Make us your home page
Instagram

Today’s top headlines delivered to you daily.

(View our Privacy Policy)

Crist names onetime rival to DCF's top post

TALLAHASSEE — George Sheldon, a veteran public official who championed liberal causes as a Tampa legislator three decades ago, was named Tuesday by Gov. Charlie Crist to take over Florida's Department of Children and Families.

The 61-year-old lawyer and Democrat served as assistant DCF secretary for operations under his mentor, Bob Butterworth, and became interim secretary when Butterworth resigned in August.

"George understands the people business," Crist said.

Sheldon will earn $120,640 a year overseeing an agency that protects children from abuse, distributes food stamps to needy families and seeks private adoptions of foster children. The agency has 13,000 employees and a $3-billion budget, which Sheldon said requires a need for more efficiency.

"This job, I think, really is about children who need to pull themselves up," Sheldon said. "It's about that family in need who needs food stamps."

Sheldon advocates tackling alcohol and drug abuse, poverty and unemployment to address family problems that can lead to child abuse and domestic violence.

Sheldon sidestepped the question of whether Florida should rescind its controversial, decades-old law that prevents gay couples from adopting.

"That's a policy decision that the Legislature needs to deal with," he said. "I'm really just executing the statutes."

Andrea Moore, a South Florida lawyer and child welfare advocate, called Sheldon's selection "an exceptionally good choice. … He also has the experience now to know what else needs to be fixed and the respect of all who work with him to get it done."

Long before it was politically acceptable in Florida, Sheldon supported lighter penalties for first-time marijuana users. He also built a record as an environmentalist and lobbied for conservation causes in the 1980s.

Sheldon was a deputy state attorney general when Butterworth was state attorney general, and an associate dean at St. Thomas University law school in Miami when Butterworth was dean.

George LeMieux, Crist's former chief of staff, said Sheldon "gets things done. He's responsive."

A Wildwood, N.J., native, Sheldon began his career as a college intern to Sen. Ted Kennedy, D-Mass. After college, he was an aide to then-Sen. Reubin Askew of Pensacola, who was elected governor in 1970.

Steve Bousquet can be reached at bousquet@sptimes.com.

Crist names onetime rival to DCF's top post 09/30/08 [Last modified: Wednesday, October 1, 2008 5:04pm]
Photo reprints | Article reprints

© 2017 Tampa Bay Times

    

Join the discussion: Click to view comments, add yours

Loading...
  1. New Graham-Cassidy health care plan stumbles under opposition from governors

    Nation

    WASHINGTON — The suddenly resurgent Republican effort to undo the Affordable Care Act was dealt a blow on Tuesday when a bipartisan group of governors came out against a proposal gaining steam in the Senate.

    Sen. Lindsey Graham, R-S.C., joined by, from left, Sen. Roy Blunt, R-Mo., Majority Whip John Cornyn, R-Texas, Sen. John Barrasso, R-Wyo., Sen. Bill Cassidy, R-La., Senate Majority Leader Mitch McConnell, R-Ky., and Sen. John Thune, R-S.D., speaks to reporters as he pushes a last-ditch effort to uproot former President Barack Obama's health care law, at the Capitol in Washington, Tuesday, Sept. 19, 2017. To win, 50 of the 52 GOP senators must back it -- a margin they failed to reach when the chamber rejected the effort in July. [/J. Scott Applewhite | Associated Press]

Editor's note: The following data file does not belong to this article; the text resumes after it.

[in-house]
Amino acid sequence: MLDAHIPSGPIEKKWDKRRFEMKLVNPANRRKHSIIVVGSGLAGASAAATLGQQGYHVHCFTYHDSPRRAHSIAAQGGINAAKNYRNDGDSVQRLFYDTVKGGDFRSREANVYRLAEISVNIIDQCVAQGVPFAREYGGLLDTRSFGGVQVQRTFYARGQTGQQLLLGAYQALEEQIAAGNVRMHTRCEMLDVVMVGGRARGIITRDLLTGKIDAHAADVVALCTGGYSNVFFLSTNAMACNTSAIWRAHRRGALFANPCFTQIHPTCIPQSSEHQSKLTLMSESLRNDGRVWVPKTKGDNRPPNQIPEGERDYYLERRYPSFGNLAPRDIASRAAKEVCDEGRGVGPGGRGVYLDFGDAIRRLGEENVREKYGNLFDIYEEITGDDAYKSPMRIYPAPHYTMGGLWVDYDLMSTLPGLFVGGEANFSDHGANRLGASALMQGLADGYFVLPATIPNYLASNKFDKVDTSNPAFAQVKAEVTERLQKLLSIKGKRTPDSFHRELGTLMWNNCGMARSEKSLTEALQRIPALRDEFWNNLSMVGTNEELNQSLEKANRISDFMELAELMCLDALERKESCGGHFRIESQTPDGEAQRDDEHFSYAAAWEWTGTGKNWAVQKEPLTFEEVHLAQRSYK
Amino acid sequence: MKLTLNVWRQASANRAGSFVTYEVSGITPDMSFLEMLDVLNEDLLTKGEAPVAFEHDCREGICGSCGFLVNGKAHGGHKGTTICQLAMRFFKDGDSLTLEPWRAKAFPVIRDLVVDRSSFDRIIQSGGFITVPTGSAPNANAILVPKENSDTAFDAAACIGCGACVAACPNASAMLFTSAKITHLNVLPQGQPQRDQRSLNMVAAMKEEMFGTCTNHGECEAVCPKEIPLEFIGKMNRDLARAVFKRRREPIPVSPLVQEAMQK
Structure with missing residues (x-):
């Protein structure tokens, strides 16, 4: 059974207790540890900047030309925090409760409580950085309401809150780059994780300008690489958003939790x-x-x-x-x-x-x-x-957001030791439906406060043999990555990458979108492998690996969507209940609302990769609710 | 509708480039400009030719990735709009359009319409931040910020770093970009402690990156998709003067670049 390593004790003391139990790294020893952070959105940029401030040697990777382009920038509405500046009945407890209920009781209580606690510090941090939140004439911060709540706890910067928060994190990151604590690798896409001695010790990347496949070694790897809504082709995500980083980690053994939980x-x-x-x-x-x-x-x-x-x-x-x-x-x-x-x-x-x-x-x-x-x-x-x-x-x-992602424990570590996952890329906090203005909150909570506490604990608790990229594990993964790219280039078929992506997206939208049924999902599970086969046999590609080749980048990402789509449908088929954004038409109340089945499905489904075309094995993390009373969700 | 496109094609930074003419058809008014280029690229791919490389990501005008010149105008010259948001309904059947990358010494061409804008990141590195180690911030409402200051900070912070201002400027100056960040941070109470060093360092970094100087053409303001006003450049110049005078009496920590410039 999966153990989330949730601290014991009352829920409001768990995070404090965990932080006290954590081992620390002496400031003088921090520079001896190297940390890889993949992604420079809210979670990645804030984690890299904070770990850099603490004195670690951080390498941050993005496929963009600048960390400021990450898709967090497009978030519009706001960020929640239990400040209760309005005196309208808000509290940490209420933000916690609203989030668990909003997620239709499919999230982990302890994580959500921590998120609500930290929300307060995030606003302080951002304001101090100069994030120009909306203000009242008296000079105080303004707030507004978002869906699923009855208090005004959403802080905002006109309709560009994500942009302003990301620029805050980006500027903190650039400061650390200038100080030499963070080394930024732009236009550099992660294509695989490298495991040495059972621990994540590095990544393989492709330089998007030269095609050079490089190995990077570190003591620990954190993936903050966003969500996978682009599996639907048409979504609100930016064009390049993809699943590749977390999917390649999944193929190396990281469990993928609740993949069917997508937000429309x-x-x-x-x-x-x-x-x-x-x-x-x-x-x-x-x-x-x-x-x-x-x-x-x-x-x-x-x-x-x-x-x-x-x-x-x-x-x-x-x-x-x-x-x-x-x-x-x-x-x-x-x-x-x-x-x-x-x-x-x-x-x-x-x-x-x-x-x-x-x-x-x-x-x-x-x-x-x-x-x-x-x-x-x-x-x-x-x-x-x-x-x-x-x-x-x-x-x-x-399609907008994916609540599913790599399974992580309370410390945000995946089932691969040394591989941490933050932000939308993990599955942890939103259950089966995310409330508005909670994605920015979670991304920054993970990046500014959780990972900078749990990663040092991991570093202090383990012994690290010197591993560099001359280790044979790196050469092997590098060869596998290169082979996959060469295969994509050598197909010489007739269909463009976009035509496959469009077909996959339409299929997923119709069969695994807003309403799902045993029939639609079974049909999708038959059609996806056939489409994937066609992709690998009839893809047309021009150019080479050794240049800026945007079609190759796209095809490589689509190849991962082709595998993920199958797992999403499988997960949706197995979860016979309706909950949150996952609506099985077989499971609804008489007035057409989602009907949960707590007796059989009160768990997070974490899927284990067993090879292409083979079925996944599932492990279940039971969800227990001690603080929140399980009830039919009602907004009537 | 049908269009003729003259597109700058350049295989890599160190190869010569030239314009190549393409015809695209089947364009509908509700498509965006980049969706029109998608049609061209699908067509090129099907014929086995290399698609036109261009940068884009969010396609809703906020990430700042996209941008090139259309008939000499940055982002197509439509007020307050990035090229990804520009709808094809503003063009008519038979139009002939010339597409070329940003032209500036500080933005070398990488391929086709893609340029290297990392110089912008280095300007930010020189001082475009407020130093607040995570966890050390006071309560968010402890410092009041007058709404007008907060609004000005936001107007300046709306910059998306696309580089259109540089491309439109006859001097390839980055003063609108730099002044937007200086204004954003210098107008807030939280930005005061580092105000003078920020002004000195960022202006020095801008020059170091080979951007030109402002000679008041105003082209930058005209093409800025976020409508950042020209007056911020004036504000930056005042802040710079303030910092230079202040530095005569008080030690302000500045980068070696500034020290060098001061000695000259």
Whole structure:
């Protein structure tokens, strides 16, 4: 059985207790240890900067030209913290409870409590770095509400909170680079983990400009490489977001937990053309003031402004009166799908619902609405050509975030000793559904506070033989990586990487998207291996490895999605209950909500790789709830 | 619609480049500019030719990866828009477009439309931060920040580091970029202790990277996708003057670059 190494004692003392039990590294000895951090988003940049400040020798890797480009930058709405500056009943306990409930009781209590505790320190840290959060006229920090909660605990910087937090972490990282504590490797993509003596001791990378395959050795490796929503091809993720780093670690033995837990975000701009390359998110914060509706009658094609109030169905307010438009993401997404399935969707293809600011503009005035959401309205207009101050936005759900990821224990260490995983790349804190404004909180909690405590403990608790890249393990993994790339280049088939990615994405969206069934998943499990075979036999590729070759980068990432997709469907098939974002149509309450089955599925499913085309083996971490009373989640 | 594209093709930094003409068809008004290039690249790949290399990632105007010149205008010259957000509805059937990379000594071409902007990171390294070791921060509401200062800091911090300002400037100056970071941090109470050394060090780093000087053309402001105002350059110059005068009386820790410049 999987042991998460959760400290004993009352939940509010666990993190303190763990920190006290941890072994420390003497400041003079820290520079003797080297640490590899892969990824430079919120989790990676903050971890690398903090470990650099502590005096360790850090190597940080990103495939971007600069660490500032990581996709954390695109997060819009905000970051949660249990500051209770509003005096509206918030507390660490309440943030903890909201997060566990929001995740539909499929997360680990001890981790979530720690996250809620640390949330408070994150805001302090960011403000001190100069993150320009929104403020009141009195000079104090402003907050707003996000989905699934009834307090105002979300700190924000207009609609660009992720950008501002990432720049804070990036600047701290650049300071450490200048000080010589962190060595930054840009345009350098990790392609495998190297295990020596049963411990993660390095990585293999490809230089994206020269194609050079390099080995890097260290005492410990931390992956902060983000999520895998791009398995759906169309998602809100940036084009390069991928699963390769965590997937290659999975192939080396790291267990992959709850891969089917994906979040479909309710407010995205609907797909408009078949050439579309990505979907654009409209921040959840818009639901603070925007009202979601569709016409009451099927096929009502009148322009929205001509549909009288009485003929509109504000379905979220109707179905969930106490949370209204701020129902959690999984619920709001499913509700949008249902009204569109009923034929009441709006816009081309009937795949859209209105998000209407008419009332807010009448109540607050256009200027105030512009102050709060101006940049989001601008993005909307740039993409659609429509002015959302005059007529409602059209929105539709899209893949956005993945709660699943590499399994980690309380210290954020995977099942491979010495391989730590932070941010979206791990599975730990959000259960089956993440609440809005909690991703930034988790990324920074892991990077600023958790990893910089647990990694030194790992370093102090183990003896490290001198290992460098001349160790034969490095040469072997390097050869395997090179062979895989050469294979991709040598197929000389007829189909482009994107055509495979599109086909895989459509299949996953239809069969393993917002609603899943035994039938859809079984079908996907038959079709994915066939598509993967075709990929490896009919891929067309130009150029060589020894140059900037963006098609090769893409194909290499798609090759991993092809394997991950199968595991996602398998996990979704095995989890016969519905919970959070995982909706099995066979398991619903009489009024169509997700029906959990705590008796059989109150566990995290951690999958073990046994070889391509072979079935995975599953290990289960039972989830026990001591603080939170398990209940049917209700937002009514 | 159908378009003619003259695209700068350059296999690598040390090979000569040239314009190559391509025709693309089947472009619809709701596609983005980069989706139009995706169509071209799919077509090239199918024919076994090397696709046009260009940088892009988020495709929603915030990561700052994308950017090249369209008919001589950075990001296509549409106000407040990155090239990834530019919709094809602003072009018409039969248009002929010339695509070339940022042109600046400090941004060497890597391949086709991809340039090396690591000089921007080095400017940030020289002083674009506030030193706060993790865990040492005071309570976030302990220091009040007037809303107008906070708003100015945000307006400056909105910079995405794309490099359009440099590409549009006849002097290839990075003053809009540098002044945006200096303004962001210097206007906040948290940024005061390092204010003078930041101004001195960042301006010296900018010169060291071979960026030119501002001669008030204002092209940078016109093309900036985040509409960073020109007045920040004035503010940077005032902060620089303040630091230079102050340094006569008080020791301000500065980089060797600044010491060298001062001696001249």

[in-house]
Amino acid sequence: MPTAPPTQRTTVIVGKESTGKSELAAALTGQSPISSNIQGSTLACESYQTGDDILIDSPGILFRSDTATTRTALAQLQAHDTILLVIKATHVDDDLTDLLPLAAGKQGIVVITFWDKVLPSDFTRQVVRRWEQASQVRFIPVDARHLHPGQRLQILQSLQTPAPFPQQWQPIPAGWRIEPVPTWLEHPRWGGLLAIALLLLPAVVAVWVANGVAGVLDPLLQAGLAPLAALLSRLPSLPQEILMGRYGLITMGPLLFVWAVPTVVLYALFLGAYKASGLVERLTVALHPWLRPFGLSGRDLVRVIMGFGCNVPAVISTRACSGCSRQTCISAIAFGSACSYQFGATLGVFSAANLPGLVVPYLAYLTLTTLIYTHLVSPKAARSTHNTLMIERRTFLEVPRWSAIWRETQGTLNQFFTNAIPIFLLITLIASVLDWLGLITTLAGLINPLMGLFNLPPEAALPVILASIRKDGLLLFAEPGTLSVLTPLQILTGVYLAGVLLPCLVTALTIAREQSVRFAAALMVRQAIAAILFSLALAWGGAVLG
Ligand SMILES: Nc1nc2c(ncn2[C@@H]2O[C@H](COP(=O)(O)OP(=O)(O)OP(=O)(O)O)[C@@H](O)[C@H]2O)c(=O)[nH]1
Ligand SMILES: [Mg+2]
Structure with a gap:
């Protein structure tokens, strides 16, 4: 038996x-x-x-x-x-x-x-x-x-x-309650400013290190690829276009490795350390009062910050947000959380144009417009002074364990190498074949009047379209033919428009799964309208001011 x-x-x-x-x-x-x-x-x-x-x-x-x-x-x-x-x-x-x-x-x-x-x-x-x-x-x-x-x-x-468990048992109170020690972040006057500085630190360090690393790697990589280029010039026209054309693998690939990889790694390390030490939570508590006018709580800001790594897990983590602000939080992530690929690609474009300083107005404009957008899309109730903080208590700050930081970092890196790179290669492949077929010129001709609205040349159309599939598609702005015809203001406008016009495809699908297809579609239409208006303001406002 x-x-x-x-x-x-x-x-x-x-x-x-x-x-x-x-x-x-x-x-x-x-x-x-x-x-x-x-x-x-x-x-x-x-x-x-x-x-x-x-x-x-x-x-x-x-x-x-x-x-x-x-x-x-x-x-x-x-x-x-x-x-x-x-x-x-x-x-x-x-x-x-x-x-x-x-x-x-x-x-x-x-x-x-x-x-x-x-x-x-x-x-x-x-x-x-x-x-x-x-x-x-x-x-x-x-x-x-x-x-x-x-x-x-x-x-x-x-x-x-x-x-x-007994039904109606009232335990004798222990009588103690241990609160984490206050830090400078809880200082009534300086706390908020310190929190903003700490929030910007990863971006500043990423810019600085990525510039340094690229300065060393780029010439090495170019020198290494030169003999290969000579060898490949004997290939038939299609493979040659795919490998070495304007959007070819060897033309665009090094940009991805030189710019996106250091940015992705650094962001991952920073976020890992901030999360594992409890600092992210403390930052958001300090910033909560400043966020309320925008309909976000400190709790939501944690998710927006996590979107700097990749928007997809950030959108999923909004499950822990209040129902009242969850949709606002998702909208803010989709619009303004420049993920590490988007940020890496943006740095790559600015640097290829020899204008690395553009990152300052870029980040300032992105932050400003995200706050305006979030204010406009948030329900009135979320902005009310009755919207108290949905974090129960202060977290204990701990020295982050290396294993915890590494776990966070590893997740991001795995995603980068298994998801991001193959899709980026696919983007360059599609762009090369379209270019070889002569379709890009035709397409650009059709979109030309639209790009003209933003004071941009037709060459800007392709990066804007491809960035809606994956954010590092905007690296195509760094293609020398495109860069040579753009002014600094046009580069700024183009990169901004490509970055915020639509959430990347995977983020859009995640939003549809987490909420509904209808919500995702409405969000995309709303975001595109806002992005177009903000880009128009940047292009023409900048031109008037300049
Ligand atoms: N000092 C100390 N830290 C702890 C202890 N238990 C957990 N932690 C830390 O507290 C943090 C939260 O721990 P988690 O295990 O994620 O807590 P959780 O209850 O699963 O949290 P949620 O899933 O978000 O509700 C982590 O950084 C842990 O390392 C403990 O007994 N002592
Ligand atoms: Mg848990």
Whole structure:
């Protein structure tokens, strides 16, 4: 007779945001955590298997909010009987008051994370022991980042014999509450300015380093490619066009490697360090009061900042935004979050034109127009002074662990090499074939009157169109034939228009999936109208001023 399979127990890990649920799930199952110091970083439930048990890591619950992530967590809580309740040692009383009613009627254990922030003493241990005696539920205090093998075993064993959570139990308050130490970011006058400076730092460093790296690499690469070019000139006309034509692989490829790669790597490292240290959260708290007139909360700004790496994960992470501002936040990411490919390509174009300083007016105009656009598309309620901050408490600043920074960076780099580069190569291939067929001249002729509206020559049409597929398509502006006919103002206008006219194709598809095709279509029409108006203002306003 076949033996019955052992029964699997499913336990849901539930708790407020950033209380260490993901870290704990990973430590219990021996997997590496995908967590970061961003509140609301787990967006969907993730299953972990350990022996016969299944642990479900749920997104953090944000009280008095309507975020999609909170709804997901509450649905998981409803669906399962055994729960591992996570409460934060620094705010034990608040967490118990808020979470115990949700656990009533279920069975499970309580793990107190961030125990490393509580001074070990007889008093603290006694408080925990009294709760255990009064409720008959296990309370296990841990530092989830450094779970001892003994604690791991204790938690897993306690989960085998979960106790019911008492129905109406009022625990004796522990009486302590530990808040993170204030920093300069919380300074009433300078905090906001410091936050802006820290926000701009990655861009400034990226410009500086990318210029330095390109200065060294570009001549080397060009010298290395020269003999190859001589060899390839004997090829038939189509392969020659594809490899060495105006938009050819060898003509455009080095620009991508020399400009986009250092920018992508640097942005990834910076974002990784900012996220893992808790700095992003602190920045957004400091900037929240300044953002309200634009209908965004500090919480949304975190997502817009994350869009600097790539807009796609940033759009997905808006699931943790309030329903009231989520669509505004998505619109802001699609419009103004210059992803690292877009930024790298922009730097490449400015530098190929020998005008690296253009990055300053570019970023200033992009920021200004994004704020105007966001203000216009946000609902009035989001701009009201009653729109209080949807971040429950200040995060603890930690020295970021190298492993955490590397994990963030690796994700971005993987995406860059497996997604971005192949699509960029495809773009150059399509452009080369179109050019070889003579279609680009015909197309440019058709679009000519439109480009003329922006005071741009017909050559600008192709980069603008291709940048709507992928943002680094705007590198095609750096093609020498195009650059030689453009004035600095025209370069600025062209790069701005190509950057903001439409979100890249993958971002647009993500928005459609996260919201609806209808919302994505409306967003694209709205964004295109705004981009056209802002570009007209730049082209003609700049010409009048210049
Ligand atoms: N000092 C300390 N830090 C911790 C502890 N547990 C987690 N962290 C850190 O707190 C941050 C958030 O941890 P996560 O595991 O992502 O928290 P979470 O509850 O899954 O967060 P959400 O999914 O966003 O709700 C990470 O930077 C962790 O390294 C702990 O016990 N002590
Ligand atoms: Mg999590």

2. Former Lightning forward Brian Boyle diagnosed with cancer, expects to keep playing

    Lightning Strikes

    New Jersey Devils forward Brian Boyle has been diagnosed with chronic myeloid leukemia, a type of bone-marrow cancer that the team's doctor said can largely be treated with medication.

    Brian Boyle has been diagnosed with chronic myeloid leukemia, a type of bone-marrow cancer that the team's doctor says can be treated with medication, the Devils announced Tuesday. [AP photo]
  3. Editorial: Genshaft right to oust USF St. Petersburg leader

    Editorials

    In times of crisis, leaders cannot abandon ship and be unclear about their whereabouts. That is essentially what the leader of the University of South Florida St. Petersburg did with Hurricane Irma headed this way. Sophia Wisniewska's actions fell short of what should be expected from an experienced administrator …

    Sophia Wisniewska’s actions fell short of what should be expected from an experienced administrator responsible for the safety of her students and the security of her campus, and the move by USF president Judy Genshaft, above, to fire her was appropriate.
  4. Duke Energy Florida president answers questions about utility's response to Irma

    Hurricanes

    ST. PETERSBURG — After more than a week since Hurricane Irma knocked out power to millions of Floridians, Duke Energy announced it will finish its restoration efforts Tuesday.

    Duke Energy Florida President Harry Sideris greets St. Petersburg Mayor Rick Kriseman on Tuesday at a news conference where both spoke about Hurricane Irma recovery. The event was held at a Florida Department of Transportation lot next to Maximo Park in St. Petersburg, where the city is collecting Irma yard debris which will be mulched and sold to a local tomato farmer. [SCOTT KEELER   |   Times]

  5. Leaves, mountains, ice cream and cheese: What's not to like in Burlington, Vt.?

    Travel

    If I loved Burlington, Vt., during a visit with my daughter when the high was 37 degrees, I feel completely comfortable recommending the city as a great destination for fall, when it's considered one of the top leaf-watching spots in the world.

    Founded in 1791, the University of Vermont is the sixth-oldest college established in New England.